LONDON -- The surge in U.K. technology and telecom stocks seen over the past four sessions came to an abrupt halt Tuesday as investors suddenly seemed to lose heart.

The

FTSE 100

finished the day down 46 points, or 0.7%, at 6,753 while the

Techmark 100

bore the brunt of the selling and closed down 184 points, or 4.3%, at 4,103. Jason James, pan-European strategist at

HSBC Securities

, said the retreat by the FTSE 100 reflected profit-taking, but believes it is likely to prove just a technical retracement and investors should see further gains in tech shares over the next few months.

The tone was set from the beginning as computer services firm

Sema

fell following the release of its first-half results. The stock ended up as the biggest loser among blue chips, shedding a massive 229 pence, or 17.0%, to

11.21 ($16.25).

The earnings appeared to be at the top end of analysts' expectations, but as broker

Charles Stanley

pointed out: "Although the headline numbers look slightly ahead of expectations, in fact they include a one-off pension contribution refund of

14.3 million. If this is excluded, operating profits actually fell by 22%."

Charles Stanley added bluntly, "Much of the absolute shambles of an analysts' meeting that we have just attended consisted of the management trying to persuade the investment community that there were also several non-recurring costs taken during the half that in effect mean the reported profits do reflect the underlying performance of the group."

Sema's weakness had a knock-on effect on the rest of the IT market.

Sage

plunged 28p, or 4.1% to 650 and

Misys

fell 40p, or 5.1%, to 745.

The rest of the tech market fared little better. Notable losers included

ARM Holdings

(ARMHY)

, down 53p, or 6.0%, to 825 and

Parthus Technologies

(PRTH) - Get Report

, down 50p, or 12.2%, to 358.3. Not so surprising that the latter should have fallen, as it has risen 75% since its announced a non-exclusive licensing deal with ARM on Wednesday of

last week.

Not everyone had a bad day.

Vodafone

(VOD) - Get Report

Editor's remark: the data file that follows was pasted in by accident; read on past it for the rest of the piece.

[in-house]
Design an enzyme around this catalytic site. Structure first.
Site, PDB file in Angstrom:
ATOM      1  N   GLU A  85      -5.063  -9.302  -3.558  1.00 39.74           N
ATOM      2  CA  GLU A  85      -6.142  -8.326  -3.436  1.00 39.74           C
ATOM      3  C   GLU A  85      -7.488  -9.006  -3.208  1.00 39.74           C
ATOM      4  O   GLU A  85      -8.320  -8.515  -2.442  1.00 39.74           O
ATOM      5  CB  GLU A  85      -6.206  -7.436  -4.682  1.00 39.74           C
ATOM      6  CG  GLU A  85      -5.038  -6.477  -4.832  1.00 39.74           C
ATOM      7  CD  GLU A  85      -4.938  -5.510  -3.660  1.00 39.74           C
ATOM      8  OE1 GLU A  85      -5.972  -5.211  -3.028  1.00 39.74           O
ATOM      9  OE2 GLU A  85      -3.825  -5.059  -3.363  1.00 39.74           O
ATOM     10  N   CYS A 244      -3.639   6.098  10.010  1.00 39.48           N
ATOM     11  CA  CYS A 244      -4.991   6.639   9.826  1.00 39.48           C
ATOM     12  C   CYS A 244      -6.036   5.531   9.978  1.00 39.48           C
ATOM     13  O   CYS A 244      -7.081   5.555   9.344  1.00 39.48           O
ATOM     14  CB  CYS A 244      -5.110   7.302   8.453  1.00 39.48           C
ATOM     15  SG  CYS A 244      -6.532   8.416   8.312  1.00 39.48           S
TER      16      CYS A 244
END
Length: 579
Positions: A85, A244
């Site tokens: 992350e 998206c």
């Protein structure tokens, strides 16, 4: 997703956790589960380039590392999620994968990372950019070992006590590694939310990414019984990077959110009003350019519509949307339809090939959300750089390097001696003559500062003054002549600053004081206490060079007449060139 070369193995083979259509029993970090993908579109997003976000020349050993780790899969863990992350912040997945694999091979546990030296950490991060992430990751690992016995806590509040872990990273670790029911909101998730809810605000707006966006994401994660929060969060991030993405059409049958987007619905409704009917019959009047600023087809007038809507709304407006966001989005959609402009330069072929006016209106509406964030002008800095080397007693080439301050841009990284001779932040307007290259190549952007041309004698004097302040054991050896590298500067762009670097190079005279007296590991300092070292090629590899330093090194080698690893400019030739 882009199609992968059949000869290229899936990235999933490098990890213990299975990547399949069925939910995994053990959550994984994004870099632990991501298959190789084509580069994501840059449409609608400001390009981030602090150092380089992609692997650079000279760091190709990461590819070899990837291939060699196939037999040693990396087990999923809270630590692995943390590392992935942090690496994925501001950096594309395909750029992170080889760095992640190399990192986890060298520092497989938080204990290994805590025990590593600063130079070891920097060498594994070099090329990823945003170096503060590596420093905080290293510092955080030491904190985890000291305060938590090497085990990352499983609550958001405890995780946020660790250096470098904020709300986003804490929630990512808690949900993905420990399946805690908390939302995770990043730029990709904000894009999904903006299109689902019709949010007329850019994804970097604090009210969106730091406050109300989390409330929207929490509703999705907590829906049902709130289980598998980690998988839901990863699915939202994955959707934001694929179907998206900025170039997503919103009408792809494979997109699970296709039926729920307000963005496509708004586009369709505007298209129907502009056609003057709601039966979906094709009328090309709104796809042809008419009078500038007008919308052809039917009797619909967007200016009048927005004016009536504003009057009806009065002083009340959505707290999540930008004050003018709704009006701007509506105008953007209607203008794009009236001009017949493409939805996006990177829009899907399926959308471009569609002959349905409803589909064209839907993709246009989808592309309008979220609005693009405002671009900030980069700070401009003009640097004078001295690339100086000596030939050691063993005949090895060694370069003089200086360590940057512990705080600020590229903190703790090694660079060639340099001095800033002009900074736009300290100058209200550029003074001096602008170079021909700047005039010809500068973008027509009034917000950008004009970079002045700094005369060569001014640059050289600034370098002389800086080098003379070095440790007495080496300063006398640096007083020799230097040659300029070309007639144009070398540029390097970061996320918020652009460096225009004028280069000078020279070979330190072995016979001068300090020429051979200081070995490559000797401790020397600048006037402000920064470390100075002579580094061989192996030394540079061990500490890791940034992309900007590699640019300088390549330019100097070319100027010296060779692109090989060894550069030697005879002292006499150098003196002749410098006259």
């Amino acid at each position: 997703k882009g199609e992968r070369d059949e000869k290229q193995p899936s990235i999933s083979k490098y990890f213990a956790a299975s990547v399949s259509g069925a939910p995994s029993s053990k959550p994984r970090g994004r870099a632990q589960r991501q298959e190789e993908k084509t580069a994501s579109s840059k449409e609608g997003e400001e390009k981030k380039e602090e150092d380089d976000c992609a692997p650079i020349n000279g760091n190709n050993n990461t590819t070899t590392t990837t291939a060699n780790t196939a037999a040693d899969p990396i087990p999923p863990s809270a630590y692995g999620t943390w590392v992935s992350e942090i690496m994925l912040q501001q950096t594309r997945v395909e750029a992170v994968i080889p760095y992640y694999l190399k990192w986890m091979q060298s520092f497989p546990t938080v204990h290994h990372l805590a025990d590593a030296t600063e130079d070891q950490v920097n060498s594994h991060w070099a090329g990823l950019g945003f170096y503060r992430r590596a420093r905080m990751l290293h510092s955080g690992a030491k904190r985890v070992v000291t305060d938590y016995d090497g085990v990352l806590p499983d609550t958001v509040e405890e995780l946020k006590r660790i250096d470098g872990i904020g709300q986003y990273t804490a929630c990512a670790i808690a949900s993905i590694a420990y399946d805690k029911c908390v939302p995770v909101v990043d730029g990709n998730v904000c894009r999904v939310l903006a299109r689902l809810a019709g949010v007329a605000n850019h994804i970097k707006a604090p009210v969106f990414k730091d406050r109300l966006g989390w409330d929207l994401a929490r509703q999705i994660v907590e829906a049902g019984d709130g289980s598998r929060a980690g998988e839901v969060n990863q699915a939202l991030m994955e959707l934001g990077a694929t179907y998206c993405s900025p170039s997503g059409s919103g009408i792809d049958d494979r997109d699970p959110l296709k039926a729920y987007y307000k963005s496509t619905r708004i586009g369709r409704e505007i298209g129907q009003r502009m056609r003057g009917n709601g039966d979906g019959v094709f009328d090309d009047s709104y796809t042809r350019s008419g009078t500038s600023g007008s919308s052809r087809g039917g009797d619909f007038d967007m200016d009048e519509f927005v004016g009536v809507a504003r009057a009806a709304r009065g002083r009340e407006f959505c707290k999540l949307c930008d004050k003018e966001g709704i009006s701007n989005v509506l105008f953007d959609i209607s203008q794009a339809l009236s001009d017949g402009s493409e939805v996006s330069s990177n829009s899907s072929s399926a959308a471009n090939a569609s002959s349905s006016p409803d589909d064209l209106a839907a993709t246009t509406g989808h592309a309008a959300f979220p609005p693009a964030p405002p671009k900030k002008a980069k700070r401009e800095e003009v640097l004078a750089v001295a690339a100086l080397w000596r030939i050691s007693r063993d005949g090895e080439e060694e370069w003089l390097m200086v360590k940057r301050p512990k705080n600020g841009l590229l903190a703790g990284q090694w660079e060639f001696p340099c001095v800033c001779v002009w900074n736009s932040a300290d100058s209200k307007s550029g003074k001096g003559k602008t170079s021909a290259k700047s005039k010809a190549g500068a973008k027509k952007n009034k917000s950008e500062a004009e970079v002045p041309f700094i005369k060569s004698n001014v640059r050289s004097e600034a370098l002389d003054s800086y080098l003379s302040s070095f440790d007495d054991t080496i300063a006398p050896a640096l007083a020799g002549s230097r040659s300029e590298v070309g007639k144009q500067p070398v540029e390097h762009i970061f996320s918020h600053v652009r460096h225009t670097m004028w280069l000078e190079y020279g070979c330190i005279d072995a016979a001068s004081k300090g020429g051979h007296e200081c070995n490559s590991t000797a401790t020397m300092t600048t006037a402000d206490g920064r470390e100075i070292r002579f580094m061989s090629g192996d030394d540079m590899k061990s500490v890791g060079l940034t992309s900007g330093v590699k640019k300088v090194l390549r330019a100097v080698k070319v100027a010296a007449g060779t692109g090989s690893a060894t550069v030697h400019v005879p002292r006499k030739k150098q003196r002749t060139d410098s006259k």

closed up 7p, or 2.5%, at 292 -- enough to add around 19 points to the FTSE 100 -- after it announced a joint development project with

Microsoft

(MSFT) - Get Report

to drive the expansion of mobile Internet products and services.

Europe's other stock markets finished lower, with the

CAC 40

in Paris closing down 65.6, or 1.0%, at 6,856.8. Late in the German session, the

Xetra Dax

in Frankfurt was off 48.3, or 0.7%, at 7,397.2 and the Neuer Markt's tech-heavy

Nemax 50

TST Recommends

index was 97.2 lower, or 1.5%, at 6,346.7.

Many of the Continent's technology and telecom shares experienced a technical retreat after surging Monday.

Siemens

(SMWAY)

fell 0.70 euros, or 0.4%, to 188.50 ($169.29),

Epcos

(EPC) - Get Report

was down 0.20 euros, or 0.2%, at 116.60 and software maker

SAP

(SAP) - Get Report

was 1.48 euros lower, or 0.5%, at 308.00.

Lycos Europe

, joint venture of

Bertelsmann

and

Lycos

(LCOS)

dropped 2.33 euros, or 18.7%, to 10.15, after reporting widening losses.

Deutsche Telekom

(DT) - Get Report

was off 1.83 euros, or 3.7%, at 47.18,

France Telecom

(FTE)

closed down 6.90 euros, or 4.6%, at 144.50 and

Telefonica

(TEF) - Get Report

ended down 0.64 euros, or 2.6%, at 23.75.

Carmaker

DaimlerChrysler

(DCX)

was up 0.04 euros, or 0.1%, at 58.49 amid continuing speculation the company is preparing to increase its stake in

Mitsubishi

. Rival

Volkswagen

(VLKAY)

was off 0.40 euros, or 0.8%, at 49.80.

Financial stocks were higher, with

Deutsche Bank

(DTBKY)

up 0.32 euros, or 0.3%, at 98.12 and French insurer

AXA

(AXA)

ended up 0.50 euros, or 0.3%, at 160.50.